As the sun was setting even further, we came upon the oasis that is Turkey, TX. By oasis, I mean I find it unbelievable that there are towns in the United States that are surrounded by miles and miles of uninhabited land. The “Welcome to Turkey” greeting sign showed a population of 494, and that Turkey was the home of Bob Wills (who is apparently a Western Swing musician). The town was a few antique stores, a few hole in the wall restaurants, maybe a gas station if you were lucky, and about 100 homes.

In the next few days, we passed through many of these towns because we wouldn’t be on interstates for the rest of the trip for the most part. With that being said, the speed limit on all these back roads were still 65 mph which still allowed for relatively quick travel from one destination to the next. Many of these roads were either one or two lanes, but because they were surrounded by land that would seem like you were in “No Country for Old Men”, the speed limit was still high because the roads were so desolate. When you got a mile away from a town, you would read signs that said “reduce speed ahead”. You would have to slow down to maybe 30 mph in these towns with populations of 500 or less, but the town would only be maybe a ½ mile stretch in every 15 miles or so. It made sightseeing interesting, and it really tickled my fancy.

Finally, we drove through a town called Quitaque, home of the entrance of Caprock Canyons State Park. As we approached the park, the sun had just dipped below the horizon. On the way to the tent campsites about 5 miles into the park, the road was literally littered with burrowing owls ; baby owls were all over the road. At one point I saw about 5 of them just walking around. The best part is that they did not move out of the way of the car. Be very careful – don’t run them over!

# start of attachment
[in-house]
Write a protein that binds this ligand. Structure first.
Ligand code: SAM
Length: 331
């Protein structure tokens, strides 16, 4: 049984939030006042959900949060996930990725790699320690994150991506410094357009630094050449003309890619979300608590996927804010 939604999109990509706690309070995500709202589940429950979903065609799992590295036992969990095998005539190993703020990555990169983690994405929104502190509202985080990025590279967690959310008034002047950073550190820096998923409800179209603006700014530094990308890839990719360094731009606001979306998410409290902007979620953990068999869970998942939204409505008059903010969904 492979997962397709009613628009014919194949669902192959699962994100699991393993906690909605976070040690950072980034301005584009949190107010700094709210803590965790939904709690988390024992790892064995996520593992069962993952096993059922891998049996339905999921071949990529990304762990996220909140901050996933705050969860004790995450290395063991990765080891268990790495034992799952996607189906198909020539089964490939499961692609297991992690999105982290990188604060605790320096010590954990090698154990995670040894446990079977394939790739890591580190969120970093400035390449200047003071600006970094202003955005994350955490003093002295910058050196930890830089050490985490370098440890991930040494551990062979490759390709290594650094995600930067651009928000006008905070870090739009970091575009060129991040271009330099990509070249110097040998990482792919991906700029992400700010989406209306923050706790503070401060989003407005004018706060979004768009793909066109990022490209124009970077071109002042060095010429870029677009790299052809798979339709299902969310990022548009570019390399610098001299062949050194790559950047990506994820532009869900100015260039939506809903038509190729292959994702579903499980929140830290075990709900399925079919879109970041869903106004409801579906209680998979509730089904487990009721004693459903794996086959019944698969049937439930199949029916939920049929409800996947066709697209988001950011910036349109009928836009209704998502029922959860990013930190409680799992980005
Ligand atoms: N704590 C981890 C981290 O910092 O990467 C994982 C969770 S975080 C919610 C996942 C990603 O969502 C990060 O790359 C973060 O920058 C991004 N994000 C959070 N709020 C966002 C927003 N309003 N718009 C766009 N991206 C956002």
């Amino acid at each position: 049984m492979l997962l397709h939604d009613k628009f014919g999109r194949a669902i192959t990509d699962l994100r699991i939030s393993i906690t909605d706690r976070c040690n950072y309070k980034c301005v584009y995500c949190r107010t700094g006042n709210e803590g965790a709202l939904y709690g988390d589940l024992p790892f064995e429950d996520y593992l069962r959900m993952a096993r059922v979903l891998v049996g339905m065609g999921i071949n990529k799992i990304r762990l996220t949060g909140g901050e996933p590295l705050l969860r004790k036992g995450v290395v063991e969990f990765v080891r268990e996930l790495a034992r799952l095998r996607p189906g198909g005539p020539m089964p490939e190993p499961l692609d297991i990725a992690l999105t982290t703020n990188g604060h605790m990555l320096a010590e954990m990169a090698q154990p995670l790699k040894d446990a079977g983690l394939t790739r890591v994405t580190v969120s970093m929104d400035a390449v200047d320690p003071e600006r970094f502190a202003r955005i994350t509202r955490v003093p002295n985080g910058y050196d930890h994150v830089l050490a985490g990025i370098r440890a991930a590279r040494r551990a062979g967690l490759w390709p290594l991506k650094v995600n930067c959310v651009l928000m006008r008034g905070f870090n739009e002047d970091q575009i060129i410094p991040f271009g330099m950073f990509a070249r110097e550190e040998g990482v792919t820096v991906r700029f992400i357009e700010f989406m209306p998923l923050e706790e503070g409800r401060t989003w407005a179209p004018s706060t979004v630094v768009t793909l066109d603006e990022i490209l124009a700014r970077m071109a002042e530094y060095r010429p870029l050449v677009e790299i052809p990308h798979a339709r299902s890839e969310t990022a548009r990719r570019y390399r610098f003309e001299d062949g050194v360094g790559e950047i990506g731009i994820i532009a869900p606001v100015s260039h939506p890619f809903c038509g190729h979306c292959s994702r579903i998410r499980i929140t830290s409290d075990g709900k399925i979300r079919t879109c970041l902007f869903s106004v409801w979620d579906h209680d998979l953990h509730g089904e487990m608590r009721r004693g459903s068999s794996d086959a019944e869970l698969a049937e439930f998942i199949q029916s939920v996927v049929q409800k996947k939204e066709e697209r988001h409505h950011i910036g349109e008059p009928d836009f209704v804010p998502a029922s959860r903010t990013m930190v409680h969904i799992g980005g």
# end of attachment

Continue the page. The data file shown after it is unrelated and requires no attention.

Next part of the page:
As we settled on a campsite, we realized that were wasn’t a soul around for at least 3 miles. It’s tough to find solitude now a days but if you ever would like to “get away from it all”, go to a western Texas state park on a weeknight. Once the tent was set up, knocked out a few Coronas and hit the hay. This was probably the first time I had slept in my huge 8 person tent without the rainfly, and it really was perfect timing, as the stars were so bright, you could see your shadow. I kid you not. Our heads hit the pillow around 9:00pm, with the intention to rise early in the morning to hit the road by 7:00am.

In the middle of the night, maybe around midnight, I was awoken by bright headlights shining on the tent door. A little scary as I was pretty sure that there wouldn’t be a soul to be seen all night. I got up to hopefully get a better look, when I realized that the “headlights” was a full moon rising over the canyon wall. Once the moon got high enough, you talk about moonshadows. The moon seemed as bright as the sun. If we had been hiking or running on the trails surrounding the tent, you could leave your headlamp at home. Just incredible!

After starring straight up at the sky for another 15 minutes, I turned over, not to wake up until 5:30am the next day.

Day 3: Quitaque, TX to Great Sand Dunes NP, CO